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#1193094 - 05/04/09 11:50 AM Good practice?  
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steveMac Offline
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Hi, i'm new to the forums and i'm glad i found them, this seems like a really great place to be. I've just purchased a YDP160 and i'm excited to start learning but i have a question about practice times.

I was thinking, where possible i would practice 1 hour per day, everyday. Sometimes a little shorter, sometimes a little longer. Yesterday i read an article linked from this website called Fundamentals of Piano Practice. It was a very good read and it recommended practicing four days per week and that shorter sessions were preferable.

Is the general consensus that this is the best way to approach practicing? I can understand the reasons for this, it makes of a lot of sense but i'd love to hear feedback from the knowledgeable here at Piano World to hear what has worked best for you.

Thanks.

Steve.


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#1193130 - 05/04/09 12:45 PM Re: Good practice? [Re: steveMac]  
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Monica K. Offline

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Hi Steve, welcome to the forum!! smile

Some people swear by the Chang book, and others swear at it. wink

My own take on practicing is this:

(a) more frequent sessions of shorter length is better than sporadic long sessions (e.g., 20 min. a day every day is better than 140 minutes on Sundays).

(b) consistency is extremely important. Here I think Chang is wrong about recommending only four days a week. Daily is better (assuming you're playing with good technique and avoiding injury; see below).

(c) listen to your body and don't practice so long that you become tired or sore. I personally would recommend taking short breaks to stand up and walk around every 15 minutes or so, and I personally probably wouldn't practice longer than an hour or so at a stretch without a good long break--my back starts to feel tired after that long.

Although it doesn't seem like playing the piano is hard on the body, you'd be amazed at how easy it is to develop an injury, either back/shoulder strain or in your arms/hands. If at any point you feel soreness, it's a sign you need to back off the playing and rest.

A major cause of injury is playing with tension and/or incorrect posture and hand positioning. A teacher can help greatly in preventing these things. Were you planning to take lessons or will you be self-teaching?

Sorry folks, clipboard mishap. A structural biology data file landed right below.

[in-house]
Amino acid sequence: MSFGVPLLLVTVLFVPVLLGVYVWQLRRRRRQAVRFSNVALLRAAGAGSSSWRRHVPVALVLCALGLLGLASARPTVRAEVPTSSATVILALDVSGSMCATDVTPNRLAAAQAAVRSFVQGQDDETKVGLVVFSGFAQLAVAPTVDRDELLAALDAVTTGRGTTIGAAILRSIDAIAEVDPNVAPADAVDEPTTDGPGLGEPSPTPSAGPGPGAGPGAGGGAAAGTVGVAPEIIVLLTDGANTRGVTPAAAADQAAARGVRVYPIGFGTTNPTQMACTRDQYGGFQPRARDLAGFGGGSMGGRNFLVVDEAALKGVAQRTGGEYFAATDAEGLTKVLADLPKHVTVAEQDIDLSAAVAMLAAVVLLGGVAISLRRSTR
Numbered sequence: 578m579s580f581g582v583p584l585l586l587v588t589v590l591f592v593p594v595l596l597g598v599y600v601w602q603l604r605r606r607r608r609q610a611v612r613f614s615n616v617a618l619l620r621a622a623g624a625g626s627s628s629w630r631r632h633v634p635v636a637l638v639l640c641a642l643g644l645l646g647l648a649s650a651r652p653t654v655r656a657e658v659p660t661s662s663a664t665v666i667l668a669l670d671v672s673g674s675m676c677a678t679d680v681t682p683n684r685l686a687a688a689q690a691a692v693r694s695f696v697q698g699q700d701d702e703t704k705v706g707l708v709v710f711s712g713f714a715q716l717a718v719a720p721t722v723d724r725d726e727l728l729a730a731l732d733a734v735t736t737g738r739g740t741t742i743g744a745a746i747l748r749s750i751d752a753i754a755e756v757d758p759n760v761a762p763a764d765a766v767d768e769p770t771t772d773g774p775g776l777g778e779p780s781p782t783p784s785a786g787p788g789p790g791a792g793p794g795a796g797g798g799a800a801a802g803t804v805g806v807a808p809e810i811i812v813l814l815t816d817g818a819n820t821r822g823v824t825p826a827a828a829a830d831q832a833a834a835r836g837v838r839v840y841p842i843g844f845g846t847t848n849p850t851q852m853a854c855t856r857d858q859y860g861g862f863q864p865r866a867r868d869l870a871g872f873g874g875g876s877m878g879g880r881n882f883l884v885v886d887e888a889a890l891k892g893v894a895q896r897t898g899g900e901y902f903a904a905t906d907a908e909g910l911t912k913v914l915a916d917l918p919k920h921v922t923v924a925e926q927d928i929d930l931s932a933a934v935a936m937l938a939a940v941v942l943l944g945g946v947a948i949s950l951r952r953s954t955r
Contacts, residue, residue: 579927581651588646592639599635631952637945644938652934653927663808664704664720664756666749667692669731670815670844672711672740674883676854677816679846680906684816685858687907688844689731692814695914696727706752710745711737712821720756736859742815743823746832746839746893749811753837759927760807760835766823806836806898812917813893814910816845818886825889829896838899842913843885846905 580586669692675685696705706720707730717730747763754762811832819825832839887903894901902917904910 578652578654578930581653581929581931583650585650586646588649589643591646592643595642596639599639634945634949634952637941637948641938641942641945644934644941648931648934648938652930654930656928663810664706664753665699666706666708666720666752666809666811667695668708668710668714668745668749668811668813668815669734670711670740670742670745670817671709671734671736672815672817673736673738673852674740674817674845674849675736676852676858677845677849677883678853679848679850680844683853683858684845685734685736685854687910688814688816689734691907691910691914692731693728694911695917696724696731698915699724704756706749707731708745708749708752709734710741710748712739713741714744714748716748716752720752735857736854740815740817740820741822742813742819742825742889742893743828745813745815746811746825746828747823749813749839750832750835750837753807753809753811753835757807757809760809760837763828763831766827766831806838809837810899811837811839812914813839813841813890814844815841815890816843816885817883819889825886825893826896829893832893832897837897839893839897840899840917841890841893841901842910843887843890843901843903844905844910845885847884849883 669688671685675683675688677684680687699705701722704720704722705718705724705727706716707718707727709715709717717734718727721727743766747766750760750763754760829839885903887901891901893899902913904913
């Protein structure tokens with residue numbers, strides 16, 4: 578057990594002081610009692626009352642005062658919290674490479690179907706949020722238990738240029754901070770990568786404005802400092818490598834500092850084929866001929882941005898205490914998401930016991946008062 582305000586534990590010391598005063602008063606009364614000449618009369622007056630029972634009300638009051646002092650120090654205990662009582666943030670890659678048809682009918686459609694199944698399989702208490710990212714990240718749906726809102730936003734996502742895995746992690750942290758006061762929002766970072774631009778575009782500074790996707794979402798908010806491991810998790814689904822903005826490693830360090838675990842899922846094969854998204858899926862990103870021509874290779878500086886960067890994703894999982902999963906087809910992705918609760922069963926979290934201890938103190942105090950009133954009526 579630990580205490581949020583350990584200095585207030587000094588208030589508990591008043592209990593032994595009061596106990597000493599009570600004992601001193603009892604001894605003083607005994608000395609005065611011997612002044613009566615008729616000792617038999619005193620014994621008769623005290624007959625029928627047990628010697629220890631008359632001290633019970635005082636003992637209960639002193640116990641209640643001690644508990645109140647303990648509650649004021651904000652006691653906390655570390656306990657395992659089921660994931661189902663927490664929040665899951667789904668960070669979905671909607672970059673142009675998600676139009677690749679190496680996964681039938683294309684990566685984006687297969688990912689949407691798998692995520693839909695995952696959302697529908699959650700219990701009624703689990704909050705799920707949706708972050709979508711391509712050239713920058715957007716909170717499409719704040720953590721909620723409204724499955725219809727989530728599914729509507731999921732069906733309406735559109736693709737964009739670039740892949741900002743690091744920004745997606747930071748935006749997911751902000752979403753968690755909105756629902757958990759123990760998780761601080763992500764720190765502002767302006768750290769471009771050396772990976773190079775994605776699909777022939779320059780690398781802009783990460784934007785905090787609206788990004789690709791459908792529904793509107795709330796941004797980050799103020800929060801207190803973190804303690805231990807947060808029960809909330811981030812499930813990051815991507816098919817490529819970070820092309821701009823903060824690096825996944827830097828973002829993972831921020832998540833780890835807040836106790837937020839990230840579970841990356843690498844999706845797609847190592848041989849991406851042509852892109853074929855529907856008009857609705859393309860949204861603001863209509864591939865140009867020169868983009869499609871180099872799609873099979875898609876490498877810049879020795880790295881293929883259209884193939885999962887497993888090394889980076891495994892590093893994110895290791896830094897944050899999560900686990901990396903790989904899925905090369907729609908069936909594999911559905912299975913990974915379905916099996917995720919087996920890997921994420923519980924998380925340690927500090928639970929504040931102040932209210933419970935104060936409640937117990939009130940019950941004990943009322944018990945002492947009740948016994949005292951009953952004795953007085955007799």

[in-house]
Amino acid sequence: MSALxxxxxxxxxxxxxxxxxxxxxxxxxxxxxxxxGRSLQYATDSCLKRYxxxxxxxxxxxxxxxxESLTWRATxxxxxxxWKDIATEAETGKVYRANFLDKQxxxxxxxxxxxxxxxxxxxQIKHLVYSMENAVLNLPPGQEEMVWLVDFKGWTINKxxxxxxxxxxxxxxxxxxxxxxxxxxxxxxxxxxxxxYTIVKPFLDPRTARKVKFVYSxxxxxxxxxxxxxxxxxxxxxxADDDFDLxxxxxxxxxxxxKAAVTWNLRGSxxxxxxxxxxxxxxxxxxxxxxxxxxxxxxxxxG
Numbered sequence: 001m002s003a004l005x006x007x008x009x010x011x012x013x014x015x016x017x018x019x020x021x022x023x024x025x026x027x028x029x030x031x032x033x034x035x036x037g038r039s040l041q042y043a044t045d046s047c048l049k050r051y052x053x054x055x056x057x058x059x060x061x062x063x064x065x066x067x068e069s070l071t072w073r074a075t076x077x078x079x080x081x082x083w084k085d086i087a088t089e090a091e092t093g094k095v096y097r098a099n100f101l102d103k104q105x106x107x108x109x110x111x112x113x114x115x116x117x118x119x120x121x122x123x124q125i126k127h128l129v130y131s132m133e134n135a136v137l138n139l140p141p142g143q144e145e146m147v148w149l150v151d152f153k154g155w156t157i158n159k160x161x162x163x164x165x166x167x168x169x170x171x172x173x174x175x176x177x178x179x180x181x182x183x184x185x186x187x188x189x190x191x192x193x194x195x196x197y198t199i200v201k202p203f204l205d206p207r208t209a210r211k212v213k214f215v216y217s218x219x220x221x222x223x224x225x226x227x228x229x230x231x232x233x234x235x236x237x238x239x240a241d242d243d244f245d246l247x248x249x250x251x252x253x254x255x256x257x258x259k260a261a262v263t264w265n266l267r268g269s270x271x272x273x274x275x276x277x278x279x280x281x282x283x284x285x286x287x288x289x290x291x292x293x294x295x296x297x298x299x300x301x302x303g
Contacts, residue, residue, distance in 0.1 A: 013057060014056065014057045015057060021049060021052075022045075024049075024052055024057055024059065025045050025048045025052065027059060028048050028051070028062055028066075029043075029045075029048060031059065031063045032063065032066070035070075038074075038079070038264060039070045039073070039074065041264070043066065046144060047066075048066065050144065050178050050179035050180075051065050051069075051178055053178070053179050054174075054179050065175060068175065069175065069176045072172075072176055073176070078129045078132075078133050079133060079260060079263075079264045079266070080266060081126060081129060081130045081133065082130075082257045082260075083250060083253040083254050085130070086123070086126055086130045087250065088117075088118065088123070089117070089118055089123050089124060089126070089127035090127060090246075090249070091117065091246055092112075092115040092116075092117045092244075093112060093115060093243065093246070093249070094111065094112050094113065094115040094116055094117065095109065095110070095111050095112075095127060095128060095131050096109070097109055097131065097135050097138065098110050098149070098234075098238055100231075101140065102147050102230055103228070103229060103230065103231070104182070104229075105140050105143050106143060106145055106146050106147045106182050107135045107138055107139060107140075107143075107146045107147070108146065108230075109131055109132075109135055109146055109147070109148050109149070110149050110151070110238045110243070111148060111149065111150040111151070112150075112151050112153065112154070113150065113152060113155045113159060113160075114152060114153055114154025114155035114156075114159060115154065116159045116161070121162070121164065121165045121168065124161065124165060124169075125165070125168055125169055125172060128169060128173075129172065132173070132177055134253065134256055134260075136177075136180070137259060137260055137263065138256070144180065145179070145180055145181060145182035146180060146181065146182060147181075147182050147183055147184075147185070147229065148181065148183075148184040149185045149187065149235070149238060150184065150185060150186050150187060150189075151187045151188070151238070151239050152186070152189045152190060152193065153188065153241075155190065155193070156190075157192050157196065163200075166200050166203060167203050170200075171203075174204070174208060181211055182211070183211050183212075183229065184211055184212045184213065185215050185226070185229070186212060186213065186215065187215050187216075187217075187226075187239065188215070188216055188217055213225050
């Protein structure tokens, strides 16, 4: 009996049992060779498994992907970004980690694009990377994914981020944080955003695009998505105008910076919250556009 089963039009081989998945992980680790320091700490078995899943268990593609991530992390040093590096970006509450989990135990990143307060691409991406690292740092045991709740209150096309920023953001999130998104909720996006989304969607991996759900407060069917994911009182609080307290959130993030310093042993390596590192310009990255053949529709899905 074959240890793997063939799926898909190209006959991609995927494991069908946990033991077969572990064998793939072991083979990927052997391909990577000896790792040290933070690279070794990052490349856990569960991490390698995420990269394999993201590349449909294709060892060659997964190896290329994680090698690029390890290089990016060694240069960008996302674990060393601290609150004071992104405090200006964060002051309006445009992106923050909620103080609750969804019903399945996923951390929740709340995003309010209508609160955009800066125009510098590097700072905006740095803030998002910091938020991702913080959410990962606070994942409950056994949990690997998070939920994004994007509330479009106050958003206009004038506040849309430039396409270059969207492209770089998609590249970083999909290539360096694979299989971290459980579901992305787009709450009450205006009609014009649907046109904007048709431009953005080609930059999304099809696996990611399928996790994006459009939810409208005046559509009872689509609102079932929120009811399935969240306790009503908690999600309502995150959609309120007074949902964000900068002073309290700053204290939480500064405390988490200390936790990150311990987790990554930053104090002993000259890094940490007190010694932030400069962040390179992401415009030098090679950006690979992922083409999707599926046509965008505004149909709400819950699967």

Last edited by Monica K.; 05/04/09 12:45 PM.

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#1193139 - 05/04/09 01:00 PM Re: Good practice? [Re: Monica K.]  
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steveMac Offline
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Thanks for the great reply Monica, i appreciate it. I'm actually happy to hear you think everyday is good, i am enthusiastic and actually looking forward to practicing everyday.

I am thinking about lessons, i have had a few in the past, that was a long time ago though. The trouble is finding the right teacher, i searched online and came across quite a few, finding a recommended teacher is another matter.


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#1193639 - 05/05/09 08:31 AM Re: Good practice? [Re: steveMac]  
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I just wanted to pop in and agree with Monica's whole post! smile

Regarding finding a teacher, ask everyone you know, even if you don't think they know anything about piano. They might have a friend, a relative, or a neighbor who has a wonderful teacher and has talked to them about him/her.

Best,

Kim


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#1193678 - 05/05/09 09:45 AM Re: Good practice? [Re: PianoTeacherKim]  
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packa Offline
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I also agree with Monica's suggestions. I practice nearly every day because: 1) I like it; and 2) it's good for me. But I almost always break it up into several different sessions and I never sit for longer than 30-45 minutes without at least a short break.


Paul Buchanan
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#1193701 - 05/05/09 10:34 AM Re: Good practice? [Re: packa]  
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steveMac Offline
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Thank you Kim and Paul for the advice. Has anyone ever heard of Musika? www.musikalessons.com Just curious if this is an option i should consider.


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#1193706 - 05/05/09 10:44 AM Re: Good practice? [Re: steveMac]  
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Morodiene Offline
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I just want to reiterate what Monica said: 4 days a week is not enough. My students who practice 4 days a week do no progress - they just tread water. This is extremely frustrating for the student because there is no progress to a new song because they can't play the old one. Commit to sitting at the piano every day no matter whatever, even if that means playing scales and that's it. I highly recommend the MOYD (Master Of Your Destiny) on this forum. The thing is, success breeds success. If you are not having regular daily successes, you will not crave going back to the bench.


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#1193715 - 05/05/09 11:02 AM Re: Good practice? [Re: Morodiene]  
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Monica K. Offline

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Good suggestion, Morodiene... MOYD has been the salvation of many of us on AB forum.

"Master of Your Domain" thread


Mason & Hamlin A -- 91997
My YouTube channel: http://www.youtube.com/pianomonica
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#1193720 - 05/05/09 11:09 AM Re: Good practice? [Re: Monica K.]  
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steveMac Offline
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Thanks again. It's pretty clear now i'm going to be practicing everyday.

I have contacted the company i listed above, Musika, their rates for adults are $42 per 45 minutes. Does this sound reasonable? It does to me though i have nothing to gauge it by. I guess it really is dependent on the teacher.